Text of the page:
Long-term funding sought for mercury switch removal program

Former EPA administrator Stephen Johnson pulls the one millionth mercury switch as Pull-A-Part senior vice president Steve Levetan looks on. The incentive fund for switch removal may soon be exhausted.

The extremely successful National Vehicle Mercury Switch Recovery Program (NVMSRP), which has so far recovered more than 2 million mercury convenience light switches from vehicles, will soon be in need of stable long-term funding, said Steve Levetan, a member of the Automobile Recyclers Association (ARA) Legislative Committee.

The NVMSRP, a voluntary program, was created on August 11, 2006 and went into effect on September 10 of that year. The program created a $4 million fund for a three-year period that covers all mercury switches, but concentrates on convenience lighting mercury switches. It will accept and pay for anti-lock brake switches at $6 rather than the now $4 for convenience lighting switches.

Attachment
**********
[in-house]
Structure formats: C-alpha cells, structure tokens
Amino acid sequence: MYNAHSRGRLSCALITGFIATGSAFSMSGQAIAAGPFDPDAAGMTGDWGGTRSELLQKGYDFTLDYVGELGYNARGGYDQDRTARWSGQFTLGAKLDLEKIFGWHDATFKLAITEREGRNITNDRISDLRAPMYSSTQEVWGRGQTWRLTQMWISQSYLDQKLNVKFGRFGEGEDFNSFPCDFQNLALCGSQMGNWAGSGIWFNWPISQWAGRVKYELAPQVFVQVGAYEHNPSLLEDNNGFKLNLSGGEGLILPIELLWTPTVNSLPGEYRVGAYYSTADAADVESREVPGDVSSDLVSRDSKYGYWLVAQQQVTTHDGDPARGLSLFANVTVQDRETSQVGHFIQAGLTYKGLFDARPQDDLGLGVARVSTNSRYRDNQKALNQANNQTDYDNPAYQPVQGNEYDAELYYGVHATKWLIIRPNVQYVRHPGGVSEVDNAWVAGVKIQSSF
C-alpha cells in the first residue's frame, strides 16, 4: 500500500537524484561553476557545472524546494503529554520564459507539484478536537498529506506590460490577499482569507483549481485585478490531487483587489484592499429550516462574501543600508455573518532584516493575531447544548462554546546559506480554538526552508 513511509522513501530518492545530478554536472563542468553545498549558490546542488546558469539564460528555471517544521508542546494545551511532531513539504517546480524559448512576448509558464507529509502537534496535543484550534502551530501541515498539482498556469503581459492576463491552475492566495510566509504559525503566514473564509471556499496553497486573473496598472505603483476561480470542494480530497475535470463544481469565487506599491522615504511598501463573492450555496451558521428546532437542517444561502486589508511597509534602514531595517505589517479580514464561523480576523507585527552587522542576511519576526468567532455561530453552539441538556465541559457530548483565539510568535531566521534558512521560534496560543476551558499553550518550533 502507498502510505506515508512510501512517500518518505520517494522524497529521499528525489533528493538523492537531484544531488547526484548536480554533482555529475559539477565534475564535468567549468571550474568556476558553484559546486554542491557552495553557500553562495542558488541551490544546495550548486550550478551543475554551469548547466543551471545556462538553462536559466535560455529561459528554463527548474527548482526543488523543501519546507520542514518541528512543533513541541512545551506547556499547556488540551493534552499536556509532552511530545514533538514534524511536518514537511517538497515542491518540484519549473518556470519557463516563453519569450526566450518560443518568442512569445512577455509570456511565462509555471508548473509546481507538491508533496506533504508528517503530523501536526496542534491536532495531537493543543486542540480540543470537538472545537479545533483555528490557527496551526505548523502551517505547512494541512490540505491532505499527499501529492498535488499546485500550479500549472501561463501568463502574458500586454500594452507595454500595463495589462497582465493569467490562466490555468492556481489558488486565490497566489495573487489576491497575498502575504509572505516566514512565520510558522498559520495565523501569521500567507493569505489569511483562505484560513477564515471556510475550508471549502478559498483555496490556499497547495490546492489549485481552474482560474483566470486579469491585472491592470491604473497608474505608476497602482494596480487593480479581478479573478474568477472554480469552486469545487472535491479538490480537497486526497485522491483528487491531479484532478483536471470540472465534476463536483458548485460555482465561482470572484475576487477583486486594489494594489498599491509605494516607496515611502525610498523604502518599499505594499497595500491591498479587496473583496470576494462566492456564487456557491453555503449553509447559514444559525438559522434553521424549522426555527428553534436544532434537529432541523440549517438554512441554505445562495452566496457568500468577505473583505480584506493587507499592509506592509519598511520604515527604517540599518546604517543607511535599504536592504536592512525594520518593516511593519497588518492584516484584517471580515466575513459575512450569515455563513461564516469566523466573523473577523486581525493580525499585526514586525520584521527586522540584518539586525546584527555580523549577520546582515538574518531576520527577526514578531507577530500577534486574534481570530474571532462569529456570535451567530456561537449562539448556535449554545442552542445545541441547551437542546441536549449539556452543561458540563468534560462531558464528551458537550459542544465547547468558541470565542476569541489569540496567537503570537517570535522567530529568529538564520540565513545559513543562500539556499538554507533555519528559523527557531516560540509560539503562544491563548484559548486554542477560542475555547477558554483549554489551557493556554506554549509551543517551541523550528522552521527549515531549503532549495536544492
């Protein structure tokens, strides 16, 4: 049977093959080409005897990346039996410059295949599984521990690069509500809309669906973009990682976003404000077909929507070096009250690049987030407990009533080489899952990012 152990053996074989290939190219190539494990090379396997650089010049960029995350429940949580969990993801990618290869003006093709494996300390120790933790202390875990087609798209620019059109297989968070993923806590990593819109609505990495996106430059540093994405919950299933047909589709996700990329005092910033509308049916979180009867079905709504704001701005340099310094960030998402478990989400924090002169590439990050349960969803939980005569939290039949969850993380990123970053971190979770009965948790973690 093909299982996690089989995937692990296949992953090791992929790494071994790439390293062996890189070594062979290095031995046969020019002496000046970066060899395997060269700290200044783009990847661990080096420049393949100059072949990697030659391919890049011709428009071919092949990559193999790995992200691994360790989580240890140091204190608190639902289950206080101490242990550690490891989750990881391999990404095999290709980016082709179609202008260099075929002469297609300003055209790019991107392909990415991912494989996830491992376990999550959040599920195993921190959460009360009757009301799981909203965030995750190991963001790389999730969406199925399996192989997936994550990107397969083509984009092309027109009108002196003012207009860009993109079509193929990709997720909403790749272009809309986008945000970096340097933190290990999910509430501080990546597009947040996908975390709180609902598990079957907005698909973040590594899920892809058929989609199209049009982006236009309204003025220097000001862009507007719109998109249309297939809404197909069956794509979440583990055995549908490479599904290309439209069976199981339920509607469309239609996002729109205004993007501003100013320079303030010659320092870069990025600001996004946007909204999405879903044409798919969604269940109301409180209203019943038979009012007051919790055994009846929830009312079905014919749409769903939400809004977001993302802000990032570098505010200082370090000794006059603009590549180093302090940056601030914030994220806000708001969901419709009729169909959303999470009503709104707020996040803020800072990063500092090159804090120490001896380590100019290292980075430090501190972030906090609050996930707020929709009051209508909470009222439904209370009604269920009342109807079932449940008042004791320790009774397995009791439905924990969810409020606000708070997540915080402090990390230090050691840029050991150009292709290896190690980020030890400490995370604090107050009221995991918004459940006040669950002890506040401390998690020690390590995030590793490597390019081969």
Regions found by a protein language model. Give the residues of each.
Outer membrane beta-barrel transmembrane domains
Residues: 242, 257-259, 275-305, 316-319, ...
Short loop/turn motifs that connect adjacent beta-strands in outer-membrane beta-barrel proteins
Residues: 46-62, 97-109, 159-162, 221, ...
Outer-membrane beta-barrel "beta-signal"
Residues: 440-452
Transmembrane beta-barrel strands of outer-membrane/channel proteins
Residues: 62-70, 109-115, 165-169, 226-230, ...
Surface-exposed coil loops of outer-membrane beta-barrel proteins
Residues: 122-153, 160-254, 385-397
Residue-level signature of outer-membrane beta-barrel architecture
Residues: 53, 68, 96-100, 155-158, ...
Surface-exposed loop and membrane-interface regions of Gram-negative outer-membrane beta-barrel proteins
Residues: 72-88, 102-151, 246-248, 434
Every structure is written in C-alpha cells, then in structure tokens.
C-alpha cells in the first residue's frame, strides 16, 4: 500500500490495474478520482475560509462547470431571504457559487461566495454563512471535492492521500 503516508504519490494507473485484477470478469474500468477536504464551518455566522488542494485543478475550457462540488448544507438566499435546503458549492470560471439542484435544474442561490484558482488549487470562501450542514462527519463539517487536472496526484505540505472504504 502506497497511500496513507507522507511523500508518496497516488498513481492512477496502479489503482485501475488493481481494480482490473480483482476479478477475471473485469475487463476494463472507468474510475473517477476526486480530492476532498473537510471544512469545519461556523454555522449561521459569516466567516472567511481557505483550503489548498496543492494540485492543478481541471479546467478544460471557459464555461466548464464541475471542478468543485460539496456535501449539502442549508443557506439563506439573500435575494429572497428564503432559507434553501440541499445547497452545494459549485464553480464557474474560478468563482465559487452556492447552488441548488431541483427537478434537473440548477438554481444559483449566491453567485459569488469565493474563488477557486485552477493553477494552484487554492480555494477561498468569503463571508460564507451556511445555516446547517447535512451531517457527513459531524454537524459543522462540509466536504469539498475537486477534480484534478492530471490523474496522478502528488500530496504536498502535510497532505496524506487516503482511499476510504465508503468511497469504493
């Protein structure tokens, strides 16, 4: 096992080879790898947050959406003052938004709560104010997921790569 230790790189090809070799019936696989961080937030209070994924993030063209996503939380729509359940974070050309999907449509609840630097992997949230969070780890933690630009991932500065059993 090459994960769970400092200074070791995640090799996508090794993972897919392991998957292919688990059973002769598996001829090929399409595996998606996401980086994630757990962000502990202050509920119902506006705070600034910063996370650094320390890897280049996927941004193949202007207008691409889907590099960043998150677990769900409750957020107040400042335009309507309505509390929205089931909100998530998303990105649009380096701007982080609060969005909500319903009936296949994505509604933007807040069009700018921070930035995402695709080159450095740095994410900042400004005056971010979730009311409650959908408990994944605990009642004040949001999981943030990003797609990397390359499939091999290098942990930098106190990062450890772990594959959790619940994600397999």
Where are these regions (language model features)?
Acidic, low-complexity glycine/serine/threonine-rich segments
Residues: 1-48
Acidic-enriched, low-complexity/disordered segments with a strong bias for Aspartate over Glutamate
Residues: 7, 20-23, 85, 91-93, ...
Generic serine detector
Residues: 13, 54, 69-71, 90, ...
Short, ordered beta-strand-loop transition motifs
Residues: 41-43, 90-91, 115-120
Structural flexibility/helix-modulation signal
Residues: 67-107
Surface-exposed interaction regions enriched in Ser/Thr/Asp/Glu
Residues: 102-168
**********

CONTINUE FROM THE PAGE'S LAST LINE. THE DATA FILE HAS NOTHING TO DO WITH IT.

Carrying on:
“It was funded initially by the auto industry and the steel industry – each put $2 million into the program,” said Levetan. “That funding is about to run out, and we anticipate that will be towards the end of the summer. It’s in all of our interests to continue the program and continue to build on the successes of it.”

Auto recyclers are paid $4 per switch removed. Levetan is concerned that fewer switches will be removed once the bounty is no longer paid out.

“Some people will simply stop removing the switches due to the economic realities of the day,” he said.

The removal of mercury switches is connected to the Cash for Clunkers legislation.

“The bill requires that vehicles be properly handled environmentally and specifically, there is the removal of anti-freeze, lead products and mercury switches,” said Levetan. “Unfortunately, the funding for mercury switch removal will end when the Cash for Clunkers program kicks in. We have proposed that Congress fund the incentive program under the NVMSRP.”

He added that none of the stakeholders, from government to auto recyclers, want to see the mercury released into the environment and that recent discussions with members of the House of Representatives and the Senate have resulted in support for a federal funding initiative to continue the removal program.